Tag: Education

Change.org Petition: “Naturopaths are not physicians: stop legitimizing pseudoscience”

Britt Hermes, a graduate of the naturopathic college at the alternative medicine-focused Bastyr University, renounced her practice as a naturopathic doctor when she could no longer tolerate the pseudoscience and patient harm that characterizes naturopathy. On this blog and her own, Naturopathic Diaries, she has chronicled the insufficient education and training students receive before being allowed to practice as naturopathic doctors, deficiencies...

/ May 22, 2016

Brain-Based Learning, Myth versus Reality: Testing Learning Styles and Dual Coding 

Ed. Note: Today we present a guest post from Josh Cuevas, a cognitive psychologist and assistant professor in the College of Education at the University of North Georgia. Enjoy! Breaking the cycle Since early on in graduate school when I began studying cognition, I’ve followed the learning styles movement because it was such a powerful phenomenon. It took hold rapidly, seemingly overnight,...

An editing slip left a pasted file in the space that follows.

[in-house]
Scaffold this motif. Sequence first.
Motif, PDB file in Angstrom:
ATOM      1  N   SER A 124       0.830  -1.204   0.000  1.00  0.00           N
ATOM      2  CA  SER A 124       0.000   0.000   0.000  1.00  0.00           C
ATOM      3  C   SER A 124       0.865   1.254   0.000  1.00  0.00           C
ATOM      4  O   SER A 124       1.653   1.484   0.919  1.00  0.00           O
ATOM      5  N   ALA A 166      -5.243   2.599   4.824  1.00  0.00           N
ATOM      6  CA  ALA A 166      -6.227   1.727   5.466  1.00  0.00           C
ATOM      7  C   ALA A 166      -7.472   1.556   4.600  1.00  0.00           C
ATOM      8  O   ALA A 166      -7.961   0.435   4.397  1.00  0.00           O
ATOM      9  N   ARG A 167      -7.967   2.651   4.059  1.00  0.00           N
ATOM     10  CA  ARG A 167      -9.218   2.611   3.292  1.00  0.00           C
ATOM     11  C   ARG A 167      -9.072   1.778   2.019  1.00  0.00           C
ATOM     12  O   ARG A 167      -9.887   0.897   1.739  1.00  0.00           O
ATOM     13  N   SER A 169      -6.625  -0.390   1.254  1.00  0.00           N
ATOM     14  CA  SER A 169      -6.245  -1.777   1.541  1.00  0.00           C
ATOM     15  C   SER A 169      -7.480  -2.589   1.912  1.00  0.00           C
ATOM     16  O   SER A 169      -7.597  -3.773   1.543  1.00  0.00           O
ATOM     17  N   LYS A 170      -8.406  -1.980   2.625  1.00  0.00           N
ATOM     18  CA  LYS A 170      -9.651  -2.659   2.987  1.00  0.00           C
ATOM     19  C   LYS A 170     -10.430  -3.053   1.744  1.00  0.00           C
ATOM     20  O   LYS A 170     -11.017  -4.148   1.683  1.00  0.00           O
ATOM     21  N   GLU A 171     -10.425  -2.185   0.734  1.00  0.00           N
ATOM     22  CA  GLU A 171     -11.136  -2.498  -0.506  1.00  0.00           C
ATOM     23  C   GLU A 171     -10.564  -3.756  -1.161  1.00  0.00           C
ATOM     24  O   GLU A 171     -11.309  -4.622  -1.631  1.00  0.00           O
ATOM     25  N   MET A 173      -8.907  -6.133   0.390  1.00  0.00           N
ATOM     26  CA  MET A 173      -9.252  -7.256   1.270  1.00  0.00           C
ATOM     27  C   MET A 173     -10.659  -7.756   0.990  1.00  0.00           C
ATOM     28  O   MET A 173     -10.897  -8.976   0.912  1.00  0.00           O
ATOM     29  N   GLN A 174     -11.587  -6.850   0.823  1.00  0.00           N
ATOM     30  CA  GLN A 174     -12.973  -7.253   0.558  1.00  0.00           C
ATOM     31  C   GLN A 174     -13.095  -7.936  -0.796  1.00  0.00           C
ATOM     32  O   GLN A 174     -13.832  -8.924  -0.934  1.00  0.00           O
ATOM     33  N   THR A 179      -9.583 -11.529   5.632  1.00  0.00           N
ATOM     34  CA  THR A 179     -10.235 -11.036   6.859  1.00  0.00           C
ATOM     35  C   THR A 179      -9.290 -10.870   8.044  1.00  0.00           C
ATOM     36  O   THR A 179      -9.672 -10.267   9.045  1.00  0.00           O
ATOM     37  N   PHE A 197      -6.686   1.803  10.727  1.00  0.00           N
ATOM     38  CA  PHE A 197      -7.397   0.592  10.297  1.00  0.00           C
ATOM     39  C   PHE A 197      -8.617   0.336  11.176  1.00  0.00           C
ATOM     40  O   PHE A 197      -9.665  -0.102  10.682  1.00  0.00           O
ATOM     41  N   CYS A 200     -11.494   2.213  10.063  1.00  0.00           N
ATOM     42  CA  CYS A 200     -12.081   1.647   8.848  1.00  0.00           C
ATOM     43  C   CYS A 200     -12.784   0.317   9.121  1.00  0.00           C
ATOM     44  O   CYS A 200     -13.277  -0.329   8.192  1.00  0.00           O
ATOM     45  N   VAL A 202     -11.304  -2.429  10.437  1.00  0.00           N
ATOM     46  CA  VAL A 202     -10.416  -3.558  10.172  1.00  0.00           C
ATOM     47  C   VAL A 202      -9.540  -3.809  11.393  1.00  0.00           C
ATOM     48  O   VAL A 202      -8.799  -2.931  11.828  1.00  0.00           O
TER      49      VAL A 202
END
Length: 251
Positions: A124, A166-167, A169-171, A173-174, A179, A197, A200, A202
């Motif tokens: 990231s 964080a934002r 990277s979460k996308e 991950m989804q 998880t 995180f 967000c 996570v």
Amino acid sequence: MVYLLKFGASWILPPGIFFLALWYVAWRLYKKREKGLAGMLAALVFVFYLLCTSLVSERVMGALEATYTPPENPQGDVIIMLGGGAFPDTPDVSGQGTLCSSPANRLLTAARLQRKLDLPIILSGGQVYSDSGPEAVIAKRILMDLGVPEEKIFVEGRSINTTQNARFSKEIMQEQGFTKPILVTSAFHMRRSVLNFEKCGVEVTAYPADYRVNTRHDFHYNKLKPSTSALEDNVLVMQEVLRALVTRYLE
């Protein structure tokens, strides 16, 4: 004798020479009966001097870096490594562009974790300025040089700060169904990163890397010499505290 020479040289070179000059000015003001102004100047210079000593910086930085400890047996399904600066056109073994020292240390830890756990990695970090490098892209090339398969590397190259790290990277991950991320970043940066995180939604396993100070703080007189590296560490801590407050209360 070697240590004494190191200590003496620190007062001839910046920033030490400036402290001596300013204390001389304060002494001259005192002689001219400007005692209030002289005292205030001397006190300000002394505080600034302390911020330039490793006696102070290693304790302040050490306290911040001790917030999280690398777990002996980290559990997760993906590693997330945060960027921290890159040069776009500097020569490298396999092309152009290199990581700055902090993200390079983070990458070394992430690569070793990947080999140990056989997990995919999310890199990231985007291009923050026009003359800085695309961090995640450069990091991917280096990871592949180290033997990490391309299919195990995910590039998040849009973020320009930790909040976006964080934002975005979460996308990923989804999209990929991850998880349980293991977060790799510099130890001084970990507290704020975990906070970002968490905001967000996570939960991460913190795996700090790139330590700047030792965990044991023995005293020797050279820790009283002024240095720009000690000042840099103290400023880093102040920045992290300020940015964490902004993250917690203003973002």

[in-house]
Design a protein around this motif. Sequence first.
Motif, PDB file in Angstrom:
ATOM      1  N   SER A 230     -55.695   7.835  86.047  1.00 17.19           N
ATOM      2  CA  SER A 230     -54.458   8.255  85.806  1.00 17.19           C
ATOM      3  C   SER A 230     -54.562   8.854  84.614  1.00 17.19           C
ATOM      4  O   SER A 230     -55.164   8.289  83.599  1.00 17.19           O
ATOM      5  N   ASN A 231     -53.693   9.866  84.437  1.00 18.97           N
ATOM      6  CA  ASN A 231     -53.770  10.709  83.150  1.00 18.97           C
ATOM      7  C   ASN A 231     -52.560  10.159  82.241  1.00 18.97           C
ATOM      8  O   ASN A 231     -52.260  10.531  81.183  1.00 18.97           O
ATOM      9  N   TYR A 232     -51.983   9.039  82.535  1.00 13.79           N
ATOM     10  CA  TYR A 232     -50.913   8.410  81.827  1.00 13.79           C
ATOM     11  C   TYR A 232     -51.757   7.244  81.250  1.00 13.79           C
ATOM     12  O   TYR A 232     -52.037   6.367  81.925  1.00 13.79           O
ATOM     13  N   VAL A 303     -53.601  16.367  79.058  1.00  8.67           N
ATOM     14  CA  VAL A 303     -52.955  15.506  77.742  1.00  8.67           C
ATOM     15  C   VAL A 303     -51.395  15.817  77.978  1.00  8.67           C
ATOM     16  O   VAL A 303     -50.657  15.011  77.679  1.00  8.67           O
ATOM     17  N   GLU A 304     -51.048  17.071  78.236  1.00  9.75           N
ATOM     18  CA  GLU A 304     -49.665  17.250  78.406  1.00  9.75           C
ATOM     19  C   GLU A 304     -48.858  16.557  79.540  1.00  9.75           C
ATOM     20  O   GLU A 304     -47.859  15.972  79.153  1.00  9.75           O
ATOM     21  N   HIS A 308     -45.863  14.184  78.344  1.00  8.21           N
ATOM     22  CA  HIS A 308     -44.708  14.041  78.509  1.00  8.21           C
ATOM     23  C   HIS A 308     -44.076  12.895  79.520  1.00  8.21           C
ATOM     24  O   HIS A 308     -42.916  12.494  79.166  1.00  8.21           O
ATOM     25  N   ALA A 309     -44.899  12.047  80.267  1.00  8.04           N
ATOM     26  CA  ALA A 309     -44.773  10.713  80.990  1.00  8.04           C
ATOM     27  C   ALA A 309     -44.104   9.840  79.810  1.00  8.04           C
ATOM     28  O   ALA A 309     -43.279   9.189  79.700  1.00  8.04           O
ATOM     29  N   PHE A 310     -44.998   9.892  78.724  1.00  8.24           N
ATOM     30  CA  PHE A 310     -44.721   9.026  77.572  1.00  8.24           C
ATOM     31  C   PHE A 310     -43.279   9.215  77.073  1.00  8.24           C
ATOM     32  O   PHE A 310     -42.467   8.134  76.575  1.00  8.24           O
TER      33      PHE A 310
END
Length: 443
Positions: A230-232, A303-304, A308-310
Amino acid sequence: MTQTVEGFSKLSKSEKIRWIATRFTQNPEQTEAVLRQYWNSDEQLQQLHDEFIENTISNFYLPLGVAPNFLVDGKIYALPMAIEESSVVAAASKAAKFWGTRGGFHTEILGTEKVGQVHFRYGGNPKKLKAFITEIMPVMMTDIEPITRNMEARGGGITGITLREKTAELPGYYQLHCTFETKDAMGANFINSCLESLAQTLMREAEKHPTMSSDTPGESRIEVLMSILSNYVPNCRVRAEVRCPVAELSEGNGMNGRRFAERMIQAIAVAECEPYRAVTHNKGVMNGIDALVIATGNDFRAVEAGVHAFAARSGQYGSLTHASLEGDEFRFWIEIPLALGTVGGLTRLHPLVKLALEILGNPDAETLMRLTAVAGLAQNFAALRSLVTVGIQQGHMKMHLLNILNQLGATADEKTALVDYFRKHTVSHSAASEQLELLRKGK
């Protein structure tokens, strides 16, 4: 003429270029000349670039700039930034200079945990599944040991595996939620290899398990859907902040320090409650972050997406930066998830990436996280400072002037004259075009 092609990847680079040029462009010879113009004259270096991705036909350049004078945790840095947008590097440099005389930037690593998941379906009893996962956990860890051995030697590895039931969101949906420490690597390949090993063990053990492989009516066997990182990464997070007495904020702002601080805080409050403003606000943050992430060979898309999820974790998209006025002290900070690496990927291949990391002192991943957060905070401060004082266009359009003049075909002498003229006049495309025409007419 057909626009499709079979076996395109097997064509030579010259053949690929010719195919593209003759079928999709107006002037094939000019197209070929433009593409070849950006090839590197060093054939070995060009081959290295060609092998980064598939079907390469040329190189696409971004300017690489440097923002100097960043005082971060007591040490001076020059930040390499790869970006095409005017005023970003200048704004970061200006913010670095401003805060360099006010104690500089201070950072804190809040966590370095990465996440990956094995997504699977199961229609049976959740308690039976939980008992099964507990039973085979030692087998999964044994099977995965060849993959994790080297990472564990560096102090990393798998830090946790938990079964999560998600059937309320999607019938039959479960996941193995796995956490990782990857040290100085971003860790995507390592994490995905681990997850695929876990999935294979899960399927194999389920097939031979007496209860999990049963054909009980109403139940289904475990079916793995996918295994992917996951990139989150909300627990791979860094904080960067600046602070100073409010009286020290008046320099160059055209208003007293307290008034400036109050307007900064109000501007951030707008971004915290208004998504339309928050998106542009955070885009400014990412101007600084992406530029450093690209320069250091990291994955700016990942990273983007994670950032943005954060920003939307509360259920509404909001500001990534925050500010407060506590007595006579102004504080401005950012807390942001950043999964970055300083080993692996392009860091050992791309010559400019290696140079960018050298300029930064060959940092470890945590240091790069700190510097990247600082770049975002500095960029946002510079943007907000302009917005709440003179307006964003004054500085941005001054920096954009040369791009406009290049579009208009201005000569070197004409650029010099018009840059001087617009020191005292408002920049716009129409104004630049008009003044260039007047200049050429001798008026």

/ October 12, 2014

Food for Thought

I am excited to tell you about a wonderful new endeavor that is helping to promote critical thinking about science and medicine. It’s a free online course on “Food for Thought” that offers a scientific framework for understanding food and its impact on health and society from past to present. The “Food for Thought” course is a product of EdX, which offers...

/ February 4, 2014

Is Francis Collins Bringing Sexy Back To Science?

I know. I was just as surprised as you are. Dr. Francis Collins, former director of the Human Genome Project, author of The Language Of God, and new director of the National Institutes of Health performed live in front of a group of Washington locals at the Capitol building today. He actually jammed with Aerosmith’s Joe Perry in an “unplugged” performance of...

/ September 24, 2009

When Should We Call A Quack A Quack?

It is not uncommon for Science Based Medicine to receive complaints about the tone of our writing. Some people feel that it is indelicate to use the “q” word (for the uninitiated, “q” is for “quack”) when describing practitioners who promote disproven therapies with jubilant fervor. Others believe it unkind to lump “well meaning” alternative medicine experts in with those who are...

/ March 26, 2009